Or not. No I couldn’t.
But should I? That’s the question, isn’t it?
I’m not a socialite. I’m not an extrovert, nor do I hold extroversion to be superior to introversion. A pastor is a largely social role, no? Undershepherd of the flock is a silly title if you don’t spend any time with the sheep. It is a silly title if you don’t spend most of your time with the sheep.
Well, most of your time tending the sheep.
I looked at the class list. I looked at the class list for the preceding Bachelor’s program I’d have to take too. Most of those classes looked delicious. The sort of thing where the papers would be a joy to write, the study something I would normally feel guilty spending time on. Back at Oak Hills, I really dug the theology classes. Christian Faith I. Old and New Testament overviews. Those were good stuff. It was the intro to writing nonsense that my AA should have covered (and did cover at BSU), and the ‘ministry’ classes that were all about people wallowing in emotionalism, and the ministry requirement that always got to me.
Ah, the ministry requirement. There’s the rub. Making a career out of one of my least-loved elements of Oak Hills. But Pastoral Ministry is a little different than making fliers advertising a revivalist orgy of mildly Christianized Bandai theme songs, or trying to reign in native kids who don’t want to be their, but their parents don’t want them at home either. And hey, those kids need people who give a damn reigning them in, no doubt about it!
Less than 10% of the Concordia St. Paul Theology Major courses look like pathetic attempts to be overly relevant. (You know how to be relevant in today’s world? Easy: stop trying to offer them what they already have. Be different. Be true.) And even in those courses, you find scary truth words like ‘doctrine’ in the description.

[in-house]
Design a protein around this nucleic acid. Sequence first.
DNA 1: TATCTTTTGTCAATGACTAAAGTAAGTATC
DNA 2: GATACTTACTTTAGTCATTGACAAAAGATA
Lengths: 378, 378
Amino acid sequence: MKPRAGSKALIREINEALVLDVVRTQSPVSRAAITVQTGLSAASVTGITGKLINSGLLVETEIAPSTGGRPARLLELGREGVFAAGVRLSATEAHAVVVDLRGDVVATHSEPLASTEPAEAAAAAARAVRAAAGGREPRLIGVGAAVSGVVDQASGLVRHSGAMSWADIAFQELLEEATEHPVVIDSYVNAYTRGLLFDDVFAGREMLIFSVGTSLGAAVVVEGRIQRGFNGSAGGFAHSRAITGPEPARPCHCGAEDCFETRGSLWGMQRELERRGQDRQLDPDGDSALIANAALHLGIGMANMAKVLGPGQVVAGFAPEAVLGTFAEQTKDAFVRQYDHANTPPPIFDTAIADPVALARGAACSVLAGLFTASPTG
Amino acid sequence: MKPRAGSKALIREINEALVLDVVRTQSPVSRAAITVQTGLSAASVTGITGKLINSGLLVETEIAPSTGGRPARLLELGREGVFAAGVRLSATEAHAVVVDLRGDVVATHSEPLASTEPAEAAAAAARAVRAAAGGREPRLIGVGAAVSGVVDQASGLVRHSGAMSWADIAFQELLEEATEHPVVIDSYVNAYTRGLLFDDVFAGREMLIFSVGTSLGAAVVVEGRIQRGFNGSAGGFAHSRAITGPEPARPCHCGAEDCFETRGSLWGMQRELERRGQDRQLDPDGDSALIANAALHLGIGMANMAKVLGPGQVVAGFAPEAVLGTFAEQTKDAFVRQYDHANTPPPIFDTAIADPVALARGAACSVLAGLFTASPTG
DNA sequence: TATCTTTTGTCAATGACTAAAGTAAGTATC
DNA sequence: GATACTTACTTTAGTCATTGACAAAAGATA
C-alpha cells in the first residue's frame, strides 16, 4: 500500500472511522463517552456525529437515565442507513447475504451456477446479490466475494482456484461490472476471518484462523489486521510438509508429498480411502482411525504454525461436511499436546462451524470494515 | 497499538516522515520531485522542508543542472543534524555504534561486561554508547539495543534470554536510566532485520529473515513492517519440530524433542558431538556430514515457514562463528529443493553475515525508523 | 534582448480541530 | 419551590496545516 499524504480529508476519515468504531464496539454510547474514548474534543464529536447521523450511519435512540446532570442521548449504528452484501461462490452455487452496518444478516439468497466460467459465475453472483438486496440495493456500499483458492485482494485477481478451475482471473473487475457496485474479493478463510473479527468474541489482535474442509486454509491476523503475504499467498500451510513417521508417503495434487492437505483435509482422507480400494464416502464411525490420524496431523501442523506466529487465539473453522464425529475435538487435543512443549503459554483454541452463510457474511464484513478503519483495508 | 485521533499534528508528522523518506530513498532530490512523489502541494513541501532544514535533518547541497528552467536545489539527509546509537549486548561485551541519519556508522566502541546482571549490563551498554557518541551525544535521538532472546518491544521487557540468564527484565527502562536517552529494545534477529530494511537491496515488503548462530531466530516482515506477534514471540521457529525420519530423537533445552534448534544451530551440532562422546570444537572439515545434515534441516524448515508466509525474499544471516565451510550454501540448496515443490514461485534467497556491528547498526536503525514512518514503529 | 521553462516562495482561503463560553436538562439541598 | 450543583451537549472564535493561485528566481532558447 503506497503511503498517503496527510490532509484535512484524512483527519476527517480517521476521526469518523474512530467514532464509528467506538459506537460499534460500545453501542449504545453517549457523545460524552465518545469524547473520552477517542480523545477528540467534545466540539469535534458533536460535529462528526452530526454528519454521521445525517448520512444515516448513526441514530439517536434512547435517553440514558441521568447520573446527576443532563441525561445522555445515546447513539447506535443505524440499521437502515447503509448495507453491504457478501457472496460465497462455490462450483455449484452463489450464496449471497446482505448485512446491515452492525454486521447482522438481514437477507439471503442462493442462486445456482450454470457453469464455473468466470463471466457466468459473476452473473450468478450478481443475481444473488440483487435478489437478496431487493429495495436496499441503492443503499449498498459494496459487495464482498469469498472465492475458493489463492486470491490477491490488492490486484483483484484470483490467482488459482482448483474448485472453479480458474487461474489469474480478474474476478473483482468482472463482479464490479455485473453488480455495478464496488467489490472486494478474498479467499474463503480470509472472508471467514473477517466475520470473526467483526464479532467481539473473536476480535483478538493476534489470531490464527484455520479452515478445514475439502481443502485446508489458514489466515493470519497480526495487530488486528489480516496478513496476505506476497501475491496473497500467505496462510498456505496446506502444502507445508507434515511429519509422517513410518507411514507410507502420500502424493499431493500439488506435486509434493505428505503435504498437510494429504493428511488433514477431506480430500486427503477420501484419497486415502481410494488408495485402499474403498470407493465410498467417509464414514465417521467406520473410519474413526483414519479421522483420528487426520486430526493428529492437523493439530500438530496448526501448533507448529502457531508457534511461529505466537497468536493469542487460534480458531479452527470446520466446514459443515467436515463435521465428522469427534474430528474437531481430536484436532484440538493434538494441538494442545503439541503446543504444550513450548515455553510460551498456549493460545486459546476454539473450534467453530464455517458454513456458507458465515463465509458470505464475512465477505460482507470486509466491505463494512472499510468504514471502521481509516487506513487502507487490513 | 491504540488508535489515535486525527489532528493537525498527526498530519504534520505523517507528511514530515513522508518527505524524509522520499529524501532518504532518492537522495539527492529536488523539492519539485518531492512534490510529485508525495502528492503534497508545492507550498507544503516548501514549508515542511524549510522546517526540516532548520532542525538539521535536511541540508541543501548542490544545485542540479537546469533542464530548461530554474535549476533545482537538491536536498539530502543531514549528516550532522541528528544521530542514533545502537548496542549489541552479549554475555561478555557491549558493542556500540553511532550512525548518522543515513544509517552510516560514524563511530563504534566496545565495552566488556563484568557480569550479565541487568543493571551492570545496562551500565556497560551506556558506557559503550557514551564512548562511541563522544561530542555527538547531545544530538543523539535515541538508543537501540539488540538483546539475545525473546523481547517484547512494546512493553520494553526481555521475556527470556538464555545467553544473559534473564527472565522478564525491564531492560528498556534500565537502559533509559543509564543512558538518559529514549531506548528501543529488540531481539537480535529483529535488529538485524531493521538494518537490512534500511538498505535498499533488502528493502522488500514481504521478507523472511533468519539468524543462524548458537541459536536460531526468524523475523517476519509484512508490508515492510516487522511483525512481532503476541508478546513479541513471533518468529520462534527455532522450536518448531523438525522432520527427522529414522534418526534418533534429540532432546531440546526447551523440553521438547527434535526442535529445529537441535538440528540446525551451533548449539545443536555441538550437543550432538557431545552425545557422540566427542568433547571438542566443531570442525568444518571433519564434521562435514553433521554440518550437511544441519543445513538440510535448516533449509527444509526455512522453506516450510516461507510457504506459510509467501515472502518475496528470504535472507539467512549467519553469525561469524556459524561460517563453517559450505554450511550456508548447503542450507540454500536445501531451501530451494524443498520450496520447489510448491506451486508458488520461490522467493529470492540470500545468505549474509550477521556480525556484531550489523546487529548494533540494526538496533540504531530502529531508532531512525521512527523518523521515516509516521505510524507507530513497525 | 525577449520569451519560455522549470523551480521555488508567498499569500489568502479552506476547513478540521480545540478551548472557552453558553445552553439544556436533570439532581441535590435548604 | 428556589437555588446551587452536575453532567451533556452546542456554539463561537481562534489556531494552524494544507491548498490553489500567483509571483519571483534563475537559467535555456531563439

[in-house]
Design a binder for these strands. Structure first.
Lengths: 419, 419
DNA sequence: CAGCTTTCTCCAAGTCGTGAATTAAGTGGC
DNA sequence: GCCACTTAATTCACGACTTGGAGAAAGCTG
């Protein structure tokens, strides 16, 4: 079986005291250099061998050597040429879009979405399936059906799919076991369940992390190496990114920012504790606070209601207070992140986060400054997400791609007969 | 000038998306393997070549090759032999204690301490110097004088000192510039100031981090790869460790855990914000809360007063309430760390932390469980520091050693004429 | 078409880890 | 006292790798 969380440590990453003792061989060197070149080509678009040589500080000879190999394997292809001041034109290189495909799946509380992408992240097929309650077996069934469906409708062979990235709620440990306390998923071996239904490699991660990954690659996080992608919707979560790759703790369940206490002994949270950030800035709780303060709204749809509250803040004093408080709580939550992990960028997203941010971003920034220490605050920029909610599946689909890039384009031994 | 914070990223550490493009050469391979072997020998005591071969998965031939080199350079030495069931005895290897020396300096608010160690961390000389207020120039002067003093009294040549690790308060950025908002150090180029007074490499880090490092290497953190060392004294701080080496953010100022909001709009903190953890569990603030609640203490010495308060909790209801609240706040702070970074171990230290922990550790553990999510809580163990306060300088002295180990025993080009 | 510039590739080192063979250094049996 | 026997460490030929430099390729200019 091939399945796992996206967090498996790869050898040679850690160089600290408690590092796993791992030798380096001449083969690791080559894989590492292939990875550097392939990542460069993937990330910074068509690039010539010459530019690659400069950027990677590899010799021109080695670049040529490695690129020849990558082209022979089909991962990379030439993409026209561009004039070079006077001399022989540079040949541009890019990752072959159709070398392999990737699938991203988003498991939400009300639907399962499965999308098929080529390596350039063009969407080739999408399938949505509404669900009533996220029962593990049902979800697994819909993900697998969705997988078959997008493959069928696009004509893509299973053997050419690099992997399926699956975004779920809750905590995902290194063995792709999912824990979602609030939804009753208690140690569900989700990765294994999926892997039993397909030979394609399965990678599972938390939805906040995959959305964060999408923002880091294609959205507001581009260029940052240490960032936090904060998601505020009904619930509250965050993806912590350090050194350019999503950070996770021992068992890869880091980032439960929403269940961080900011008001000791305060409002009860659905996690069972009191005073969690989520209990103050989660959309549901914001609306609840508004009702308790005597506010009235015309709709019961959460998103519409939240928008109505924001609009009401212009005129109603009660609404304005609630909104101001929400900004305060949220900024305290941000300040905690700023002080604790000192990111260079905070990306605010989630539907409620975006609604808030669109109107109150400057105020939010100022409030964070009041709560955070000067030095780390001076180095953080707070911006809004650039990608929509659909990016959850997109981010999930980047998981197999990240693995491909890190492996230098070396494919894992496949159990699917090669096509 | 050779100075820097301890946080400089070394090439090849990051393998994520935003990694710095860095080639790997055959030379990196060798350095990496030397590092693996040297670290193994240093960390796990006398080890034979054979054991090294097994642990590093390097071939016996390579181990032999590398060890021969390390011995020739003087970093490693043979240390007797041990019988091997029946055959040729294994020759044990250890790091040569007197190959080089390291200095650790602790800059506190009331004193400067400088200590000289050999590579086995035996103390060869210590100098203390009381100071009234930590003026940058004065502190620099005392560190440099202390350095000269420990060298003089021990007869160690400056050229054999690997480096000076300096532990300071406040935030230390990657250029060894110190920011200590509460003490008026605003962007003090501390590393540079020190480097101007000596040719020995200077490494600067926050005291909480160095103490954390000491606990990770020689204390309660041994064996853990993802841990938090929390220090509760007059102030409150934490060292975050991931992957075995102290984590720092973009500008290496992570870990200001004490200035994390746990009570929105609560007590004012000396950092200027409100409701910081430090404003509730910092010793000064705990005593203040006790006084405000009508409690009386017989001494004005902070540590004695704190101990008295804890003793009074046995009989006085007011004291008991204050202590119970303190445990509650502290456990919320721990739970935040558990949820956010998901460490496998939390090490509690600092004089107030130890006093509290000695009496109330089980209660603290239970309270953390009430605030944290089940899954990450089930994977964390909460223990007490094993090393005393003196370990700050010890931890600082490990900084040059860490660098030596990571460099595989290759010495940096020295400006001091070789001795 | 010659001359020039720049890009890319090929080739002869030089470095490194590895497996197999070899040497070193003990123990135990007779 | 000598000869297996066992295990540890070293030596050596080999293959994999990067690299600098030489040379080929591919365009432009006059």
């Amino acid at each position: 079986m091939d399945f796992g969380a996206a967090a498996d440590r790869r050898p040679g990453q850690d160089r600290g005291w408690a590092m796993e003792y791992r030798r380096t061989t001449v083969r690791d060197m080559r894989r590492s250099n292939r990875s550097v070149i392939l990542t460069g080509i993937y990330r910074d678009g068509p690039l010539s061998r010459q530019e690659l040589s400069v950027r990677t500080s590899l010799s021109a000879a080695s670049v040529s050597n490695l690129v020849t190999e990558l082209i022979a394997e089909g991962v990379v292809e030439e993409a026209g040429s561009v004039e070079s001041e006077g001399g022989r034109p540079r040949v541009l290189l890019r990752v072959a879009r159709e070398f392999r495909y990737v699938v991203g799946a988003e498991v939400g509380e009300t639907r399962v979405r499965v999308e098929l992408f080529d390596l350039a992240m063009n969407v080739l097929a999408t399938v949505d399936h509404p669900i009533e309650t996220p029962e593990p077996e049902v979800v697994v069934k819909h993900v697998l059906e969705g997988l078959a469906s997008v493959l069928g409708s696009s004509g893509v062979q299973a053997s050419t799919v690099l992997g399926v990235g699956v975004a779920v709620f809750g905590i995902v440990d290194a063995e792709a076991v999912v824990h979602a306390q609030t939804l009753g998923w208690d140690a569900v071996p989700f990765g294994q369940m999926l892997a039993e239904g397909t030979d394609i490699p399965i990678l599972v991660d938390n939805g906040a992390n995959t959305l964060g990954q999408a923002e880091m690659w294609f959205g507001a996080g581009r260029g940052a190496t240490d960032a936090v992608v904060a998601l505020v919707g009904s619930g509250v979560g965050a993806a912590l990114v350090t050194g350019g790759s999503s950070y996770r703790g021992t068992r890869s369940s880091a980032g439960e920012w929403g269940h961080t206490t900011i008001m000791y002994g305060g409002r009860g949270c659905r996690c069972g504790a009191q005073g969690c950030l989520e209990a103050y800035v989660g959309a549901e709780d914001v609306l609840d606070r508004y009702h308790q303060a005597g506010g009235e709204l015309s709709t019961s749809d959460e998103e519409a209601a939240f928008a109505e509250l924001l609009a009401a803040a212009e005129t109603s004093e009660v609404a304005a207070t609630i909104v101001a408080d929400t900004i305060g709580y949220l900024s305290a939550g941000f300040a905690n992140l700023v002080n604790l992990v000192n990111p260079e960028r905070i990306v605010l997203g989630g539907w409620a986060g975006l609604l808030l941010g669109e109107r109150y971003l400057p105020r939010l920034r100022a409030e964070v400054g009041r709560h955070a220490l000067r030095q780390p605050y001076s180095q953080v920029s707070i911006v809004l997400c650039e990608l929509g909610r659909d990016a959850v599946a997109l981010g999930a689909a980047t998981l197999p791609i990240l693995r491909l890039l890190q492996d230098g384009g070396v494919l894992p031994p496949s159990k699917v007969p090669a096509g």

None of these are the kicker. The kicker is, I went to Oak Hills because I love the faith. I love digging deeper, devouring the deep truths that form the pulse.
At Oak Hills, only about a third of the teachers and a percent of the students seemed to give a damn. The rockstar hero of my class flunked out of theology three times and passed youth ministry on the first go. I flunked out of youth ministry and aced theology in my sleep.
Now, years later, Rev Fisk’s expositions of Lutheran Doctrine, paired with my own inquiries (and years after I signed on to the Small Catechism) have ignited the old spark again. Burden after burden of my life has been torn away. The doctrine of Vocation melted the intense pressure I’ve felt to missionary-ize since I can remember. Ironic, then, that I am leaning towards a vocation that would make that primarily my responsibility. But I digress. The doctrine of Baptism vaporized my doubt and despair. Every pain, tended. Every burden, lightened. I can’t understand how I used to live with the weight of the world on my shoulders. I am so much smaller than Atlas; Jesus is so much bigger.
I want to know more. And I can learn more, on my own, in stolen moments.
Or I can learn more as my objective, for my vocation.
I want, I want, me, me, me… If I were to go this path, it would be an extra load of responsibility before God. I would be held doubly to account. I have thrown off one yoke! Am I strong enough to bear another? The correct answer is no-one is. But perhaps I am less ready than others.
To be a pro-Bible nerd… I spend as much time, if not more, composing and writing rants exhortations as I do writing stories or games. I could do it on a schedule. And I can take confessions without batting an eye, and forgive with an inhuman equanimity born of my broken brain. But can I enact discipline? Can I excommunicate? Can I visit the shut-ins? Meet with those who are sick and in prison? Online, I may be brash and decisive, but in person I’ve the spine of an egg of Silly-Putty. This is no time or place for spineless shepherds! There are wolves without and within.
Meh. There’s not much more I can do until I can talk to Pastor or to the recruitment guy in a couple of weeks. But this won’t leave my poor, addled brain alone.